4.2 Population structure
Microsatellite DNA data for the striped hamster revealed significant genetic polarization among populations, with deep genetic divergence between the two lineages (A and B), as shown in Figure 4. The examined populations based on geographical distance could be divided into clusters I (W and P) and II (X and Zh), which was in discrepancy with the genetic analysis and implying that genetic distance was not positively correlated with geographical distance (Figure 3). The common character of the populations in lineage A is that their habitat environments were all grassland areas, while the habitat environment of the Zh population in lineage A was a sandy area. The populations based on its habitat environments could be partitioned into two lineages: a (X, W, and P) and b (Zh), which was in accordance with the results of genetic analysis and implying that habitat environment is an important factor influencing its genetic differentiation. A previous study showed that different living condition is a reason leading to genetic differentiation among populations (Wang et al. ), which was in accordance with the results of this study.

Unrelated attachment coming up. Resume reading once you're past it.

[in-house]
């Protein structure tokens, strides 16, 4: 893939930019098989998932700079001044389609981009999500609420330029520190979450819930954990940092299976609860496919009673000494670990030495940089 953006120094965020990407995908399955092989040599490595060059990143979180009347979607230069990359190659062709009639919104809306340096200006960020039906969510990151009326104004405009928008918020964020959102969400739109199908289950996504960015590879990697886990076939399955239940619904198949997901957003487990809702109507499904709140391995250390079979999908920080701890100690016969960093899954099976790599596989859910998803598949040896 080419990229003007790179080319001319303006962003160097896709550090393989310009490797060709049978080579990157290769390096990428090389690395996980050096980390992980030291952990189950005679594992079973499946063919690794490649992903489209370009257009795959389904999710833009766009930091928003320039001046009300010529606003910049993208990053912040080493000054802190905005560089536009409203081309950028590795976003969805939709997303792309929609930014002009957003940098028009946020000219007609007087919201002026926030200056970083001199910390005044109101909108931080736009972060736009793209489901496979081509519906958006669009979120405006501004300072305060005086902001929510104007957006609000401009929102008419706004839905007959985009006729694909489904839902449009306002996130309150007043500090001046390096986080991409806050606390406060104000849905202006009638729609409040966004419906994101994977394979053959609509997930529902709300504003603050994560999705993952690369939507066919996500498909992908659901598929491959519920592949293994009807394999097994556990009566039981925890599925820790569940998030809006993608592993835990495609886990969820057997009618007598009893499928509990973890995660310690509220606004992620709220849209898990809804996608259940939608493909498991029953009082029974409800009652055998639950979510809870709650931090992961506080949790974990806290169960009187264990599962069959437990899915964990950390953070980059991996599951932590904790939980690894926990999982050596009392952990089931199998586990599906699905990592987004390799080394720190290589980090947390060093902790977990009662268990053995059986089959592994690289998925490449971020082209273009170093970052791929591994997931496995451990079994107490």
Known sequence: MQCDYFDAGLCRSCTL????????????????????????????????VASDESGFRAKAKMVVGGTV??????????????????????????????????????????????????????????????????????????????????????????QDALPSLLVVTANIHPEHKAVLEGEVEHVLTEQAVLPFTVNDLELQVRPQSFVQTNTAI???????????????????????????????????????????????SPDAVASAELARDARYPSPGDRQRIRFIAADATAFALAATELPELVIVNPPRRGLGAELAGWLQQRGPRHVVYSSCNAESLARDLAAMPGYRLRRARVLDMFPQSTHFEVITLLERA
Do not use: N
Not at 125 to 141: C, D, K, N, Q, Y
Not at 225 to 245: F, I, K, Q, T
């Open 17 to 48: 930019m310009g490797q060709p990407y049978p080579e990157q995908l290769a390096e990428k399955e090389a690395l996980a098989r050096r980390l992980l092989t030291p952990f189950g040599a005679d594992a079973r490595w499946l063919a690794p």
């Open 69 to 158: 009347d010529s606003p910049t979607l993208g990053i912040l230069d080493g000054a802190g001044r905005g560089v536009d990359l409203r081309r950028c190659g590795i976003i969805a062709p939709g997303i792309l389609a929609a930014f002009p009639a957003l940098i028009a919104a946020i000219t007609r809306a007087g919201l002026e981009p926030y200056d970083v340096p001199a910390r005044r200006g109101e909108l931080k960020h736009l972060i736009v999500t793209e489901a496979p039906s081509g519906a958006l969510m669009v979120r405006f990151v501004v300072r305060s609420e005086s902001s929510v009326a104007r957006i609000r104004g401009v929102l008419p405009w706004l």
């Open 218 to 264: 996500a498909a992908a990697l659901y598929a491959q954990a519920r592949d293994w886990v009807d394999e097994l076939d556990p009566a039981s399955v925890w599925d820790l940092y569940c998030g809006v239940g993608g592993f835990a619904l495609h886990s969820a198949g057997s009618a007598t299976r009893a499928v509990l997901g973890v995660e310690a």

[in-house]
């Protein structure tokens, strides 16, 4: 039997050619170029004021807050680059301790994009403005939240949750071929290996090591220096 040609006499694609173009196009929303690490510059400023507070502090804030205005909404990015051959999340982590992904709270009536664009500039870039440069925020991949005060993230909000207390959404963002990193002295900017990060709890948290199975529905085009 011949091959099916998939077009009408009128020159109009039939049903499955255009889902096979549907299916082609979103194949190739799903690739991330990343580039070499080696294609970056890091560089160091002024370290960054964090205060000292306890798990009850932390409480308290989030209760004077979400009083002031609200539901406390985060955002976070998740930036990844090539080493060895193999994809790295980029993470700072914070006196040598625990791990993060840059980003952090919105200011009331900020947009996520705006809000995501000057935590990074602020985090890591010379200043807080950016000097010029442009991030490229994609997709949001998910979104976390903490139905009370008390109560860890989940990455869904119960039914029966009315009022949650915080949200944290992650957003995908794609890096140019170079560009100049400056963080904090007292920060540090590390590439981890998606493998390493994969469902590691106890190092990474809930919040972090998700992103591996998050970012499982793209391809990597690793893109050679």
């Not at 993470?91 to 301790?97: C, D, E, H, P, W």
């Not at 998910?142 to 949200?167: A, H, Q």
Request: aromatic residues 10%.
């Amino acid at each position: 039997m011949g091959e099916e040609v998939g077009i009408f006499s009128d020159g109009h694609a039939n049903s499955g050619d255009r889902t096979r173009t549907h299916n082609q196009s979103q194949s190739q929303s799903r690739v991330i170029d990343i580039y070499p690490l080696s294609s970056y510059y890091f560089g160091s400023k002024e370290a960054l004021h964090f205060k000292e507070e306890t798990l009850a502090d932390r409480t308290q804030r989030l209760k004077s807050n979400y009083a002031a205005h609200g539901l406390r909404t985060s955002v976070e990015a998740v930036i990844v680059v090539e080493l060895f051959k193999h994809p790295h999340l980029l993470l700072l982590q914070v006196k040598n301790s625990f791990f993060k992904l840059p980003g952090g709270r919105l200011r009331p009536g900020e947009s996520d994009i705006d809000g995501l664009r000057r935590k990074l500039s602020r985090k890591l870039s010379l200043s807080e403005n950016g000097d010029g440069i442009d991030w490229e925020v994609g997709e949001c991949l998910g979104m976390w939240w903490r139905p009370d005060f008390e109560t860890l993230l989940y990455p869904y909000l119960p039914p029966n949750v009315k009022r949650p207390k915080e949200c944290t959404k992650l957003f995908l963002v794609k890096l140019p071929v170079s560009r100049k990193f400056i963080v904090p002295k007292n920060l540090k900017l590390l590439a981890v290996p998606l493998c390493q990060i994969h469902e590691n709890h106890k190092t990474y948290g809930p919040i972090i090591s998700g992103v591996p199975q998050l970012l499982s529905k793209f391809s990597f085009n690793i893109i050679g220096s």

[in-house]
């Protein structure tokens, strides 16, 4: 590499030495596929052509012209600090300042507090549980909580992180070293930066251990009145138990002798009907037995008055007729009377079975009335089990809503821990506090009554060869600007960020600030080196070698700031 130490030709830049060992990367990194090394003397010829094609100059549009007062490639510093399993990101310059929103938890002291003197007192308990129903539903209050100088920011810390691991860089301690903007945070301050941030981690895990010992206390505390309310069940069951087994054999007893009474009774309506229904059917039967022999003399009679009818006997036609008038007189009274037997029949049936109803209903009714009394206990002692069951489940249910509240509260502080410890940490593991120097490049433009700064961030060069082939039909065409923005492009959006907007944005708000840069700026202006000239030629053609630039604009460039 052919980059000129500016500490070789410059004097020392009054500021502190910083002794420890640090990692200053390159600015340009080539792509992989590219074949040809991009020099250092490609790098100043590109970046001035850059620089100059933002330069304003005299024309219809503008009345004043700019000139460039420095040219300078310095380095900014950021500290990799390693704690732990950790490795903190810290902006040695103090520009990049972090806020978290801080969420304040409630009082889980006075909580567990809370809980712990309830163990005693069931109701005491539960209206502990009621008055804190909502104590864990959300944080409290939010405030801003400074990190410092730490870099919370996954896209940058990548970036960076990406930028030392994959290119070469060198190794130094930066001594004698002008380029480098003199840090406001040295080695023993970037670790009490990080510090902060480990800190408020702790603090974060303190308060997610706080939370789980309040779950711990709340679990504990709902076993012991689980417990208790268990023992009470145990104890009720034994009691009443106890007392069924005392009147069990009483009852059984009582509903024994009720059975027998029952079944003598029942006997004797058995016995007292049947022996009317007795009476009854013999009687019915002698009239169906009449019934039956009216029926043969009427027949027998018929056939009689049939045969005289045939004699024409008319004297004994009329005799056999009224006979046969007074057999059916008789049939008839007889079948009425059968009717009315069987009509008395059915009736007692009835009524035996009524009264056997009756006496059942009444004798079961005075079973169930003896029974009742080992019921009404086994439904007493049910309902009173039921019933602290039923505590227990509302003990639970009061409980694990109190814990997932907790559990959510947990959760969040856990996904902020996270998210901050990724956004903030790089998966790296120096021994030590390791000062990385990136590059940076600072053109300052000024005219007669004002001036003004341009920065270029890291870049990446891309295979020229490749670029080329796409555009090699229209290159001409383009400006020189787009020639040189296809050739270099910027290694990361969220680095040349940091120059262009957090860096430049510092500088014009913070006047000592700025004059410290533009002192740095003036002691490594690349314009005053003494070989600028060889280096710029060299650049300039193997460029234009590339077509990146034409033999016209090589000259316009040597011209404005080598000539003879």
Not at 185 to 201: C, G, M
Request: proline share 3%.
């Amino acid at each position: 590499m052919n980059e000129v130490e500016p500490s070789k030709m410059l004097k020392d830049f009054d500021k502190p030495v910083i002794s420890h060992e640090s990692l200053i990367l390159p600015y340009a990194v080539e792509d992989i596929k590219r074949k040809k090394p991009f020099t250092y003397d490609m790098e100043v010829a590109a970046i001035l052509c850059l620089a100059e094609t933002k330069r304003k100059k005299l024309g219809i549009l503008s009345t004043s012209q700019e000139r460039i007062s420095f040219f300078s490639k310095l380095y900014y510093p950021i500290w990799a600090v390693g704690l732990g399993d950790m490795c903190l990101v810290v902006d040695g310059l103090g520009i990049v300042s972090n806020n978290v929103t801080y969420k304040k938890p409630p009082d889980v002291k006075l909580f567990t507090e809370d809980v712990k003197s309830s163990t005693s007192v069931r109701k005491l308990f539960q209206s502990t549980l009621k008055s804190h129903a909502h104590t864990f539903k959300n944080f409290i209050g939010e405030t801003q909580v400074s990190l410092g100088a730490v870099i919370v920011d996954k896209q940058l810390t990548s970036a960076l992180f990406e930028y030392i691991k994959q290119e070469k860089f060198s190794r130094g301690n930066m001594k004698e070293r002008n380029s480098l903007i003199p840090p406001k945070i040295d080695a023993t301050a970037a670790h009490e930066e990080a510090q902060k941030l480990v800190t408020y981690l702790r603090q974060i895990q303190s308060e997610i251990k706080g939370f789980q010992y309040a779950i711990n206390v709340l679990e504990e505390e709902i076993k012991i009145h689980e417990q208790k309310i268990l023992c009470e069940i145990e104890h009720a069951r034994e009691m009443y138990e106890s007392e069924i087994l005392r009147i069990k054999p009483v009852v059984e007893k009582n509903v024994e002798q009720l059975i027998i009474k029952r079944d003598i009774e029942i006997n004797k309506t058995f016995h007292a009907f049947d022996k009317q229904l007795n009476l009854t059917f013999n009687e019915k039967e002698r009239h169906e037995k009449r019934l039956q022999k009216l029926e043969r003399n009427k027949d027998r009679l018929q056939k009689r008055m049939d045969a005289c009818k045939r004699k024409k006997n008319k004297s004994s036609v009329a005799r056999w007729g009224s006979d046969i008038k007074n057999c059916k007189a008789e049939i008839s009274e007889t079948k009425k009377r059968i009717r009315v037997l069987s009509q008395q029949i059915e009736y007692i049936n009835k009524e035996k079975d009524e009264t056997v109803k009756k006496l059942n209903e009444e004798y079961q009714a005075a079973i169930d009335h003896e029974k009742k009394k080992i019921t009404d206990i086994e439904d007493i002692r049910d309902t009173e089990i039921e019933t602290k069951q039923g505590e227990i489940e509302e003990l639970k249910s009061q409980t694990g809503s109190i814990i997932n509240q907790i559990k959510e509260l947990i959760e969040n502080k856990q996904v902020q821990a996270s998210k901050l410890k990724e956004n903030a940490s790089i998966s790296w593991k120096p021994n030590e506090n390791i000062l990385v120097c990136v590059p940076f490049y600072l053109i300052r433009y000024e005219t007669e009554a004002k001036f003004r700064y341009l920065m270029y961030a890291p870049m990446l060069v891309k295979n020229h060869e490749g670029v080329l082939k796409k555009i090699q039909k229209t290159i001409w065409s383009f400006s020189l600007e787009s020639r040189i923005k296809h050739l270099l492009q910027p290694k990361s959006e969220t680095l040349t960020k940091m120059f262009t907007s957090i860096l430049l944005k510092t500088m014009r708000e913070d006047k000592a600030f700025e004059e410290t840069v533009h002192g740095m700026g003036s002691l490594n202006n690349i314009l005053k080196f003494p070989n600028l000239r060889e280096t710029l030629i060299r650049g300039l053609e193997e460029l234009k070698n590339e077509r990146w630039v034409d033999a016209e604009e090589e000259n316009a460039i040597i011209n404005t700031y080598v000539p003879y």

The lineage A based on genetic distance could be subdivided into two subgroups: 1 (X) and 2 (W and P populations), which was in accordance with the result analyzed by the geographical distance. Therefore, isolation by distance (IBD) may partly account for the genetic differentiation among W, P, and X populations, which was in accordance with the results of former scientists (Jiang et al. ; Xu et al. [2013b]; Zi-Yan ).